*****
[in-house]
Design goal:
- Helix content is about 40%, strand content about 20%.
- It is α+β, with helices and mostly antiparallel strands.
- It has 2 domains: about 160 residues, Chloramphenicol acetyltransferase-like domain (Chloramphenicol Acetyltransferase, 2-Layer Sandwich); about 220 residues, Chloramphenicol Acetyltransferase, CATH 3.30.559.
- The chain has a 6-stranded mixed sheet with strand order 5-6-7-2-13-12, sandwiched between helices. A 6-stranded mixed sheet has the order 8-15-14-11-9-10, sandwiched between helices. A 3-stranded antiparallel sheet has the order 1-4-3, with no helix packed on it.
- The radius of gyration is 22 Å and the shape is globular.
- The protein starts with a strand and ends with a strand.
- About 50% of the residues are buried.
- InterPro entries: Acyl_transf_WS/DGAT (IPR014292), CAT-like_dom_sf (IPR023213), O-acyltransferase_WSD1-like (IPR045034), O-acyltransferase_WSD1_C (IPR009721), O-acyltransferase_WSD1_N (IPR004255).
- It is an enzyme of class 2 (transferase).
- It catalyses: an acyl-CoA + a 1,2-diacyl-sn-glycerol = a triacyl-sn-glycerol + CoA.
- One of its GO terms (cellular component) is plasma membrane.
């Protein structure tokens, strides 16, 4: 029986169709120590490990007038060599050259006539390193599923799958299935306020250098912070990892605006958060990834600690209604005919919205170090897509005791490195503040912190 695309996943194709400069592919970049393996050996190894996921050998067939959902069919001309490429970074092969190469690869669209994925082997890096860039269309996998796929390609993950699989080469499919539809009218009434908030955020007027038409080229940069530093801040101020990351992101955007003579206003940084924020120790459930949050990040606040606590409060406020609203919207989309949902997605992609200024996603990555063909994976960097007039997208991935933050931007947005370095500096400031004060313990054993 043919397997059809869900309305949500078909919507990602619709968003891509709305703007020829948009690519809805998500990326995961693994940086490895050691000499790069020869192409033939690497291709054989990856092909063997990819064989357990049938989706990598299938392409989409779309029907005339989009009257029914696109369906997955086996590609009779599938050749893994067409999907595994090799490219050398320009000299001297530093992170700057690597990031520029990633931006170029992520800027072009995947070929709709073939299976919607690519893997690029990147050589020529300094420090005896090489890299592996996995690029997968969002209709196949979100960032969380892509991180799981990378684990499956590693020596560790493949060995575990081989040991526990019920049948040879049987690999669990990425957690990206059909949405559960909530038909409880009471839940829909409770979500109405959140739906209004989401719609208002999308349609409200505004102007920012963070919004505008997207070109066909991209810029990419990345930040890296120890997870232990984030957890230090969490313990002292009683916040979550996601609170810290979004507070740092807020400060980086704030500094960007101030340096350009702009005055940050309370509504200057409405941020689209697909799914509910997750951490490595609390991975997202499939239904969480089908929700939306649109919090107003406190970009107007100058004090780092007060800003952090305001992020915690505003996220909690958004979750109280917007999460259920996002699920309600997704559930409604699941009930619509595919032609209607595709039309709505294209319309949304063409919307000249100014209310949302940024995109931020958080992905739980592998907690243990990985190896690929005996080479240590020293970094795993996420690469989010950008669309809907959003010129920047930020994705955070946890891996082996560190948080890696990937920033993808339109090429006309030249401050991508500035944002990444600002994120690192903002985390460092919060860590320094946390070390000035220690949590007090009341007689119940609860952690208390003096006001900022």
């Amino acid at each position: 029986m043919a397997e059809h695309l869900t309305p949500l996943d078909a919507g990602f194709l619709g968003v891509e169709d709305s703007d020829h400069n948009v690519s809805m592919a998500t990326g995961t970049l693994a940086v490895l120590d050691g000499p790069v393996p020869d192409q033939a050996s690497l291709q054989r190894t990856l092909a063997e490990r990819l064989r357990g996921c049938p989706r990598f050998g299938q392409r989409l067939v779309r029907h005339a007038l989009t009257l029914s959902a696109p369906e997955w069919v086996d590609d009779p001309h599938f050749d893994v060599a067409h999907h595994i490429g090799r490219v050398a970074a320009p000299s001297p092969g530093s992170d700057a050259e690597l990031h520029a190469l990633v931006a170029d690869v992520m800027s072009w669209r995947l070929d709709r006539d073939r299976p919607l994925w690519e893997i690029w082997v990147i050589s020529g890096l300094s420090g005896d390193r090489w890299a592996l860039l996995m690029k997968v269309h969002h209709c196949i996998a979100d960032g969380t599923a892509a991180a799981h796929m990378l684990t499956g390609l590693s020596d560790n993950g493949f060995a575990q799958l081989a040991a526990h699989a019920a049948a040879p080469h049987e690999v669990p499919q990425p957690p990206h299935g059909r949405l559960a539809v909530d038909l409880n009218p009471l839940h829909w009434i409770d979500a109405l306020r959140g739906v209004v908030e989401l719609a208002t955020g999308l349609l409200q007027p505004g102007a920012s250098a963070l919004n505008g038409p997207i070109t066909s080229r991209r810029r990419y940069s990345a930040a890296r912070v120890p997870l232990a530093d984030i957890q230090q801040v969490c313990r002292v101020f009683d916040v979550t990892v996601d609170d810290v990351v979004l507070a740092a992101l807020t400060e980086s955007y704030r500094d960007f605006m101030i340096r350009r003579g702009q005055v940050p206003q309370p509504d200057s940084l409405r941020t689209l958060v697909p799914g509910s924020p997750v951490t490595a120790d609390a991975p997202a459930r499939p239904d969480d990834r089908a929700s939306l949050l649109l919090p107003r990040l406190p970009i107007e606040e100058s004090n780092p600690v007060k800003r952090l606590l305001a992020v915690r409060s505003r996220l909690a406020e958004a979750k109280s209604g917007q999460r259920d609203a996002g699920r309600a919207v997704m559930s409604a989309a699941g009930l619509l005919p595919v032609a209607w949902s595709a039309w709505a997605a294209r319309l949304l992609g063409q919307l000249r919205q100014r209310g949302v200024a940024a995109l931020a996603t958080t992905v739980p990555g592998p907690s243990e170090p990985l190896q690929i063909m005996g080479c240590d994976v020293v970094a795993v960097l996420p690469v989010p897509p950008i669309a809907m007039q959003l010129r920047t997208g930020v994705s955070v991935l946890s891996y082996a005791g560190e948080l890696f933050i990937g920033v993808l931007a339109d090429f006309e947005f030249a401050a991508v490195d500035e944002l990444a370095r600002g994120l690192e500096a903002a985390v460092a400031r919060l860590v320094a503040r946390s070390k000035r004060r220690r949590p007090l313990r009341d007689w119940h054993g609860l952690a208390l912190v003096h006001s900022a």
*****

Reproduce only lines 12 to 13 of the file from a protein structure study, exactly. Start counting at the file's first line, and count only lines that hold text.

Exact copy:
- It catalyses: an acyl-CoA + a 1,2-diacyl-sn-glycerol = a triacyl-sn-glycerol + CoA.
- One of its GO terms (cellular component) is plasma membrane.